Systems Integration

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Navigation: User Guide -> Systems Integration

Related link: COM Automation, Command Scripts, Excel Reports


With a mature Steady State or Dynamic SysCAD plant model there are many possible applications for using the model in design, operations and optimisation. Many of these include getting SysCAD to work with and talk to other software, including the use of automation.

This story usually begins with using the flexible SysCAD Excel interface. Excel is readily available and widely used by engineers. Data from the SysCAD model, external sources and other software can readily be organised, transferred, analysed and reported in Excel. The SysCAD modeler can manually use SysCAD and Excel for a wide range of tasks.

The next step is a recognition that some tasks have a repetitive pattern. Now we can use SysCAD Command Scripts or COM Automation to automate a sequence of commands. For example a sequence of basic commands to start SysCAD, open projects, set tags, start the solver, retrieve tag values, generate reports, close projects. Excel includes the ability to program macros in VBA so this is usually the ideal starting place for using SysCAD COM Automation. An example of this is distributed with the standard install, see file ..\SysCADxxx\Examples\01Reports\Sensitivity Analysis.xlsm. For a more detailed look at Excel Macro code see VBA Automation example. Alternatively SysCAD includes a simple scripting tool where a sequence of commands can be defined in a text file, as shown in these examples. These scripts can be executed from within SysCAD using menu commands; or the scripts can be executed from the application command line. The command line can be used programmatically, for example through the use of the Shell command in VBA as shown in this example.

The final step, when necessary, is to implement a robust digital automation solution. These are for tasks that are fully automated and executed automatically at a regular interval usually with significant interaction with other software and/or databases. Often a site would be looking to deploy these solutions on servers or cloud solutions. A Typically "systems integrator" would configure and program software to embed (integrate) SysCAD as part of larger solutions. These applications vary widely for different sites and business objectives.

At SysCAD our key focus is to continue to provide the tools, features, software APIs and ongoing development so that SysCAD plant models can be an integral part of more sophisticated digital solutions.

Data Transfer

To be useful a SysCAD plant model needs data to run scenarios and report data to be useful. There is data for model configuration (for example Model Design Criteria) and then there would be data for executing different design or operational scenarios. The type of data differs for steady state and dynamic models. A dynamic project requires additional information for initial conditions and many input parameters change as a function of time; and for reporting tag values as a function of time (trends). The three main external methods for setting/getting data to SysCAD projects are:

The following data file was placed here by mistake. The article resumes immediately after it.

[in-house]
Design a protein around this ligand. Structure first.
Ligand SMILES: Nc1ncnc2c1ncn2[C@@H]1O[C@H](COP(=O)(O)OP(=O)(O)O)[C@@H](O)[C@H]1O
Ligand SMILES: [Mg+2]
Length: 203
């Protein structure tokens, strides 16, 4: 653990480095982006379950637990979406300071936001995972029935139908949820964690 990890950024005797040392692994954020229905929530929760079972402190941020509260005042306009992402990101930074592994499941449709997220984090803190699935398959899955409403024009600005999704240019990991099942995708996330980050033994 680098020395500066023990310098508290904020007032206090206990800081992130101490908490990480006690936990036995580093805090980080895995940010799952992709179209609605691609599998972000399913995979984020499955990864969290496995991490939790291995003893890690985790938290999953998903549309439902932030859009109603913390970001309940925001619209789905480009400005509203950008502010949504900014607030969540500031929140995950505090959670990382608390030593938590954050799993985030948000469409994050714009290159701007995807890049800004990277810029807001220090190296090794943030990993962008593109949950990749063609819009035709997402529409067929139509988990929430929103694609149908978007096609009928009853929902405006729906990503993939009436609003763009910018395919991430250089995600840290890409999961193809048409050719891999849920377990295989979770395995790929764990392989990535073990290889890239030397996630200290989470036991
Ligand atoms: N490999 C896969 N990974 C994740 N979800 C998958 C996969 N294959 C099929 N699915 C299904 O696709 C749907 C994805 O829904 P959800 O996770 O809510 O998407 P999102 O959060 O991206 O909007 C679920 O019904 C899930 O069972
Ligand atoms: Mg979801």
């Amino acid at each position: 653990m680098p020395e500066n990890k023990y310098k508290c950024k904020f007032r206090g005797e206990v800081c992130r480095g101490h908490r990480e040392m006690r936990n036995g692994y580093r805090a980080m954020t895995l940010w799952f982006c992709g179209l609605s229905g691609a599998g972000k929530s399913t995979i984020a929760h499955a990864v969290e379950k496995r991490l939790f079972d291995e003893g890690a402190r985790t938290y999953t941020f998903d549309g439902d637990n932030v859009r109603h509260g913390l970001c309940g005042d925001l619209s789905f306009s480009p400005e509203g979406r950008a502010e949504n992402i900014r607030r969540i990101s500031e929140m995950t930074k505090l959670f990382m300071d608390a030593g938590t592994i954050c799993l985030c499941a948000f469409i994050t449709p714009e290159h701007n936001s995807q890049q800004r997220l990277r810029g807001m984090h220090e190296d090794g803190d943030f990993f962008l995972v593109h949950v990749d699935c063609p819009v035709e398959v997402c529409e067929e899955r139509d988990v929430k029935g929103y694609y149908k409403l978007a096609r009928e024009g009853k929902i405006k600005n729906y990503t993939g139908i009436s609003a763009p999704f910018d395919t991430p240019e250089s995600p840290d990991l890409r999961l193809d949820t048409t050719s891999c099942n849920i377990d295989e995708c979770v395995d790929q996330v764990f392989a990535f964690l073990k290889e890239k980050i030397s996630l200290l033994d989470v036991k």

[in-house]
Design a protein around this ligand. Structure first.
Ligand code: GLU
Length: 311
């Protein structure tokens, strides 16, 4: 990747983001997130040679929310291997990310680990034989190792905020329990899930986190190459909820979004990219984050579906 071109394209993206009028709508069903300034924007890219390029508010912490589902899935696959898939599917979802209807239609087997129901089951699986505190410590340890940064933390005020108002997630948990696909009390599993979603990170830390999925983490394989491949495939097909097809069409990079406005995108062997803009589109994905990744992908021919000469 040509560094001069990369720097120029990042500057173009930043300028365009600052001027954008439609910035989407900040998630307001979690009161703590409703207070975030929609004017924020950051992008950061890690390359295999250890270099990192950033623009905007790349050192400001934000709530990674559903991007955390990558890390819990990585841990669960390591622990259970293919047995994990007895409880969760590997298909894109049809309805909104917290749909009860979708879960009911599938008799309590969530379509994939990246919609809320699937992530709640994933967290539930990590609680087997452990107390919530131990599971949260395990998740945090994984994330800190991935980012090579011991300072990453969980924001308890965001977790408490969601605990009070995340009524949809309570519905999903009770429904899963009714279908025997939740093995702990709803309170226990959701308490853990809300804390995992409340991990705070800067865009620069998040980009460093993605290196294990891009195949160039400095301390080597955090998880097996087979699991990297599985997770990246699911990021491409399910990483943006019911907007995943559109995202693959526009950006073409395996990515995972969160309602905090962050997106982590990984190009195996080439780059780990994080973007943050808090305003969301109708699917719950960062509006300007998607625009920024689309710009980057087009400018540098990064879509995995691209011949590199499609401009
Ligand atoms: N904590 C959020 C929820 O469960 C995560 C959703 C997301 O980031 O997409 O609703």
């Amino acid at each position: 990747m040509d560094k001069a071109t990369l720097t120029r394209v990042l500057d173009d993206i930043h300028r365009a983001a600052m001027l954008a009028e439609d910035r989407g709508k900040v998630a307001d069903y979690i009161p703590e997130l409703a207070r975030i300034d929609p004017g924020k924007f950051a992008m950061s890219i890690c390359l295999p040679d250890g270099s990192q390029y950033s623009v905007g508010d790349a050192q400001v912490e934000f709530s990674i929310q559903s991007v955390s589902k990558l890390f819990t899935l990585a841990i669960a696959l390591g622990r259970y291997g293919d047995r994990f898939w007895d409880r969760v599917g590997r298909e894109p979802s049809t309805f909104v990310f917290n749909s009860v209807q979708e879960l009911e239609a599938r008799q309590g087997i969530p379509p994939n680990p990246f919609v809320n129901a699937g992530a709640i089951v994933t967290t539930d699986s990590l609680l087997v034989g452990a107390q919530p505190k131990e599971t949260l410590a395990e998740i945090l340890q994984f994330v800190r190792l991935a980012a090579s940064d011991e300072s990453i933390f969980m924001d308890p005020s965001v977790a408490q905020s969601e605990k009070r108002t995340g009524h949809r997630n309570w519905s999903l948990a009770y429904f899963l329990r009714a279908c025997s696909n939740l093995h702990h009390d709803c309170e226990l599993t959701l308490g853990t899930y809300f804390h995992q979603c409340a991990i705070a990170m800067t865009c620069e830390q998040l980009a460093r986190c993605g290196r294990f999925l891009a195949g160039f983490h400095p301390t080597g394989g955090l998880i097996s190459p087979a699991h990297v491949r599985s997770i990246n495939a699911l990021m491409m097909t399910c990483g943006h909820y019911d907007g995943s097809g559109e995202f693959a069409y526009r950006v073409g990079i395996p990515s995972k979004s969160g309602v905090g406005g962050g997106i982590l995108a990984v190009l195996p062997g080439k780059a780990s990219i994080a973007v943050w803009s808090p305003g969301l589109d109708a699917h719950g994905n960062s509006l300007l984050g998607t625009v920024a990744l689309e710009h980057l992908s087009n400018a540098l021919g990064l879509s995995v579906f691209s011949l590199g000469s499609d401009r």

1. Excel Reports - use of flexible SysCAD Excel interface to import/export tag values
  2. Text Files - use of various SysCAD control unit models such as Set Tag List and Get Tag List for getting or setting lists of tags through text files in csv format. For dynamic models their are additional control unit models such as Profile, Events, etc.
  3. COM Automation - programmatically setting/getting individual tags or lists of tags.
  4. Archive Reporter - for dynamic reporting only. Use of SysCAD historian for reporting is not recommended.

Systems Integration


Command Scripts vs COM Automation

The two options to "drive" SysCAD by software (ie Automation) are through the use of COM Automation and Command Scripts. Both have their uses. There are distinct advantages and disadvantages. Differences include:

  • COM Automation is interactive - the calling software can make a sequence of API calls including interrogating SysCAD and adjusting subsequent calls accordingly. On the other hand scripts are designed to simply call a fixed sequence of commands.
  • COM Automation has a significantly richer API (set of programming commands) compared to the relatively limited list of script commands. This allows for more sophisticated interactive solutions of calling software reading/writing to SysCAD in interesting ways.
  • COM Automation is limited to a single instance of SysCAD. This is an inherent limitation of using COM Automation. So COM scalability for parallel SysCAD instances on a single PC or VM is not possible.
  • COM Automation requires a higher level of programming skill or experience for a user implementing integration solutions.
  • COM Automation allows stepping through code (interactive debugging), in the IDE of whatever language was used to implement the solution.


  • COM Automation is used where interaction while solving is required. It is usually the better option where between scenario solves the calling software is using results and controlling inputs for next solve scenario.
  • Command Scripts are used for parallel execution on a single PC. The scenario solves need to be "load and go" (interactive feedback not needed).